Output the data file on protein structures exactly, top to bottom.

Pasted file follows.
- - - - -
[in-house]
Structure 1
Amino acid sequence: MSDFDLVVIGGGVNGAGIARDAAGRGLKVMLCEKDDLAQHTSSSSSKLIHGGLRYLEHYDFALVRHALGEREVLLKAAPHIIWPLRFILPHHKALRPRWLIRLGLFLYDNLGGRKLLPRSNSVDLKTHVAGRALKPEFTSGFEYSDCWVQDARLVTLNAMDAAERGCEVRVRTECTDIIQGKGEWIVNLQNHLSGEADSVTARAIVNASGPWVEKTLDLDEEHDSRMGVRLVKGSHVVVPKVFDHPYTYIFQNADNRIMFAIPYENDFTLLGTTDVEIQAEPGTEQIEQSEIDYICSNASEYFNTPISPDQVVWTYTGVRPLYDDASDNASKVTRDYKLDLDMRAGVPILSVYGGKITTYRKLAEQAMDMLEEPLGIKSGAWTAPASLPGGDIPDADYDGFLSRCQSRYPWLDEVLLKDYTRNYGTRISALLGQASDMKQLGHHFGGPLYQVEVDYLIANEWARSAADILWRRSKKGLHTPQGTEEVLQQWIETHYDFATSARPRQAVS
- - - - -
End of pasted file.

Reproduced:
[in-house]
Structure 1
Amino acid sequence: MSDFDLVVIGGGVNGAGIARDAAGRGLKVMLCEKDDLAQHTSSSSSKLIHGGLRYLEHYDFALVRHALGEREVLLKAAPHIIWPLRFILPHHKALRPRWLIRLGLFLYDNLGGRKLLPRSNSVDLKTHVAGRALKPEFTSGFEYSDCWVQDARLVTLNAMDAAERGCEVRVRTECTDIIQGKGEWIVNLQNHLSGEADSVTARAIVNASGPWVEKTLDLDEEHDSRMGVRLVKGSHVVVPKVFDHPYTYIFQNADNRIMFAIPYENDFTLLGTTDVEIQAEPGTEQIEQSEIDYICSNASEYFNTPISPDQVVWTYTGVRPLYDDASDNASKVTRDYKLDLDMRAGVPILSVYGGKITTYRKLAEQAMDMLEEPLGIKSGAWTAPASLPGGDIPDADYDGFLSRCQSRYPWLDEVLLKDYTRNYGTRISALLGQASDMKQLGHHFGGPLYQVEVDYLIANEWARSAADILWRRSKKGLHTPQGTEEVLQQWIETHYDFATSARPRQAVS